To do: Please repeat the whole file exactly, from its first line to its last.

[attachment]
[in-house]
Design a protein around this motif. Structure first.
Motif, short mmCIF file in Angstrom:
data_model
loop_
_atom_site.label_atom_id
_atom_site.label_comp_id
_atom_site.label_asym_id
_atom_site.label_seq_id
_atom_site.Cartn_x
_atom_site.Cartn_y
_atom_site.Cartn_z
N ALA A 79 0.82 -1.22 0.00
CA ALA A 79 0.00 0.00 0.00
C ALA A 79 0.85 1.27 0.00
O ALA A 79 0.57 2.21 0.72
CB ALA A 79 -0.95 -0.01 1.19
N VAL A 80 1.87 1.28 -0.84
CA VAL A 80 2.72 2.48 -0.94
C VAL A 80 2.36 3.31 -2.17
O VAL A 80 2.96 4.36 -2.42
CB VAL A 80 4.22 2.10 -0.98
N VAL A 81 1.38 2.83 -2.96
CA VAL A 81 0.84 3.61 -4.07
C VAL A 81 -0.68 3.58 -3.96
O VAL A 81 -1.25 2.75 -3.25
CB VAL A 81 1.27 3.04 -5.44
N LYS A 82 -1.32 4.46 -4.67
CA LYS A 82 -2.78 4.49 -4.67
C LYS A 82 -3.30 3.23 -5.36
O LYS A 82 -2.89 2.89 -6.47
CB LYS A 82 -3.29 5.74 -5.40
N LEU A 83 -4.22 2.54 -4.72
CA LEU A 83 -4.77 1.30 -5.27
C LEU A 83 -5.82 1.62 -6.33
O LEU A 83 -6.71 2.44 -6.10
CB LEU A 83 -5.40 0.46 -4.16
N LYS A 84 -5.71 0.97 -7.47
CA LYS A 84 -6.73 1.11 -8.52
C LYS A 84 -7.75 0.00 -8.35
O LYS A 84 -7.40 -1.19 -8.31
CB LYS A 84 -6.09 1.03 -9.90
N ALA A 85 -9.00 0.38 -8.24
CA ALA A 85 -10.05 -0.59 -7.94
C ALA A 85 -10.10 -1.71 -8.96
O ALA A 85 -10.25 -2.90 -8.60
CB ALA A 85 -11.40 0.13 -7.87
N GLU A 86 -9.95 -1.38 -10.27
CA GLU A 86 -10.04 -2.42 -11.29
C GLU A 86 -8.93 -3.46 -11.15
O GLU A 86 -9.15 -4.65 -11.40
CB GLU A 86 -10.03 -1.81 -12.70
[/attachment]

[in-house]
Design a protein around this motif. Structure first.
Motif, short mmCIF file in Angstrom:
data_model
loop_
_atom_site.label_atom_id
_atom_site.label_comp_id
_atom_site.label_asym_id
_atom_site.label_seq_id
_atom_site.Cartn_x
_atom_site.Cartn_y
_atom_site.Cartn_z
N ALA A 79 0.82 -1.22 0.00
CA ALA A 79 0.00 0.00 0.00
C ALA A 79 0.85 1.27 0.00
O ALA A 79 0.57 2.21 0.72
CB ALA A 79 -0.95 -0.01 1.19
N VAL A 80 1.87 1.28 -0.84
CA VAL A 80 2.72 2.48 -0.94
C VAL A 80 2.36 3.31 -2.17
O VAL A 80 2.96 4.36 -2.42
CB VAL A 80 4.22 2.10 -0.98
N VAL A 81 1.38 2.83 -2.96
CA VAL A 81 0.84 3.61 -4.07
C VAL A 81 -0.68 3.58 -3.96
O VAL A 81 -1.25 2.75 -3.25
CB VAL A 81 1.27 3.04 -5.44
N LYS A 82 -1.32 4.46 -4.67
CA LYS A 82 -2.78 4.49 -4.67
C LYS A 82 -3.30 3.23 -5.36
O LYS A 82 -2.89 2.89 -6.47
CB LYS A 82 -3.29 5.74 -5.40
N LEU A 83 -4.22 2.54 -4.72
CA LEU A 83 -4.77 1.30 -5.27
C LEU A 83 -5.82 1.62 -6.33
O LEU A 83 -6.71 2.44 -6.10
CB LEU A 83 -5.40 0.46 -4.16
N LYS A 84 -5.71 0.97 -7.47
CA LYS A 84 -6.73 1.11 -8.52
C LYS A 84 -7.75 0.00 -8.35
O LYS A 84 -7.40 -1.19 -8.31
CB LYS A 84 -6.09 1.03 -9.90
N ALA A 85 -9.00 0.38 -8.24
CA ALA A 85 -10.05 -0.59 -7.94
C ALA A 85 -10.10 -1.71 -8.96
O ALA A 85 -10.25 -2.90 -8.60
CB ALA A 85 -11.40 0.13 -7.87
N GLU A 86 -9.95 -1.38 -10.27
CA GLU A 86 -10.04 -2.42 -11.29
C GLU A 86 -8.93 -3.46 -11.15
O GLU A 86 -9.15 -4.65 -11.40
CB GLU A 86 -10.03 -1.81 -12.70